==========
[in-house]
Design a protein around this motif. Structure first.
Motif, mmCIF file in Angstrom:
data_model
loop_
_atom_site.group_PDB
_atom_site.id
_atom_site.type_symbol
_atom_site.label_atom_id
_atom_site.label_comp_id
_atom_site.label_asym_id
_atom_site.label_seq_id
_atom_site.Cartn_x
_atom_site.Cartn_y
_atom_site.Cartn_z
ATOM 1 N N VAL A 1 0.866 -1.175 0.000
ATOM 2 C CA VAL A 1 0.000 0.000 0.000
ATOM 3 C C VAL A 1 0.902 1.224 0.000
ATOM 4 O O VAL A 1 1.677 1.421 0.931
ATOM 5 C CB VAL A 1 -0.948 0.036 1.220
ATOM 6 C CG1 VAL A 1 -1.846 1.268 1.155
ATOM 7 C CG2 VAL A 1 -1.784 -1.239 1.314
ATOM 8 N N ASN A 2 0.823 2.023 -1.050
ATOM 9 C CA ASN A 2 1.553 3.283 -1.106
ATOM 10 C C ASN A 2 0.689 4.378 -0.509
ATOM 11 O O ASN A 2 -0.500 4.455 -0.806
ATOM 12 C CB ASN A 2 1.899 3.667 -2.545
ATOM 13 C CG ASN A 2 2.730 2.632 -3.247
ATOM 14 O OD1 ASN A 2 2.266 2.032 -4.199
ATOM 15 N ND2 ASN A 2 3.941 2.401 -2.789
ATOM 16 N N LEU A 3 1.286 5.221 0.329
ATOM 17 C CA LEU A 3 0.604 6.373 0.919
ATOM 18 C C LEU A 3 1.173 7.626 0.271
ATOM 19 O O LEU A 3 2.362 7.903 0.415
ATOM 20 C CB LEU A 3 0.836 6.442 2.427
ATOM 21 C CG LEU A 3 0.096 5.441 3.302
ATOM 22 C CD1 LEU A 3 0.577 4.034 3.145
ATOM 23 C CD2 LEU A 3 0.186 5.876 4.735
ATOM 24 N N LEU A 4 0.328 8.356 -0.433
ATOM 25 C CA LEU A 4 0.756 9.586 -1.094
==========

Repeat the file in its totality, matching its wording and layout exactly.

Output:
[in-house]
Design a protein around this motif. Structure first.
Motif, mmCIF file in Angstrom:
data_model
loop_
_atom_site.group_PDB
_atom_site.id
_atom_site.type_symbol
_atom_site.label_atom_id
_atom_site.label_comp_id
_atom_site.label_asym_id
_atom_site.label_seq_id
_atom_site.Cartn_x
_atom_site.Cartn_y
_atom_site.Cartn_z
ATOM 1 N N VAL A 1 0.866 -1.175 0.000
ATOM 2 C CA VAL A 1 0.000 0.000 0.000
ATOM 3 C C VAL A 1 0.902 1.224 0.000
ATOM 4 O O VAL A 1 1.677 1.421 0.931
ATOM 5 C CB VAL A 1 -0.948 0.036 1.220
ATOM 6 C CG1 VAL A 1 -1.846 1.268 1.155
ATOM 7 C CG2 VAL A 1 -1.784 -1.239 1.314
ATOM 8 N N ASN A 2 0.823 2.023 -1.050
ATOM 9 C CA ASN A 2 1.553 3.283 -1.106
ATOM 10 C C ASN A 2 0.689 4.378 -0.509
ATOM 11 O O ASN A 2 -0.500 4.455 -0.806
ATOM 12 C CB ASN A 2 1.899 3.667 -2.545
ATOM 13 C CG ASN A 2 2.730 2.632 -3.247
ATOM 14 O OD1 ASN A 2 2.266 2.032 -4.199
ATOM 15 N ND2 ASN A 2 3.941 2.401 -2.789
ATOM 16 N N LEU A 3 1.286 5.221 0.329
ATOM 17 C CA LEU A 3 0.604 6.373 0.919
ATOM 18 C C LEU A 3 1.173 7.626 0.271
ATOM 19 O O LEU A 3 2.362 7.903 0.415
ATOM 20 C CB LEU A 3 0.836 6.442 2.427
ATOM 21 C CG LEU A 3 0.096 5.441 3.302
ATOM 22 C CD1 LEU A 3 0.577 4.034 3.145
ATOM 23 C CD2 LEU A 3 0.186 5.876 4.735
ATOM 24 N N LEU A 4 0.328 8.356 -0.433
ATOM 25 C CA LEU A 4 0.756 9.586 -1.094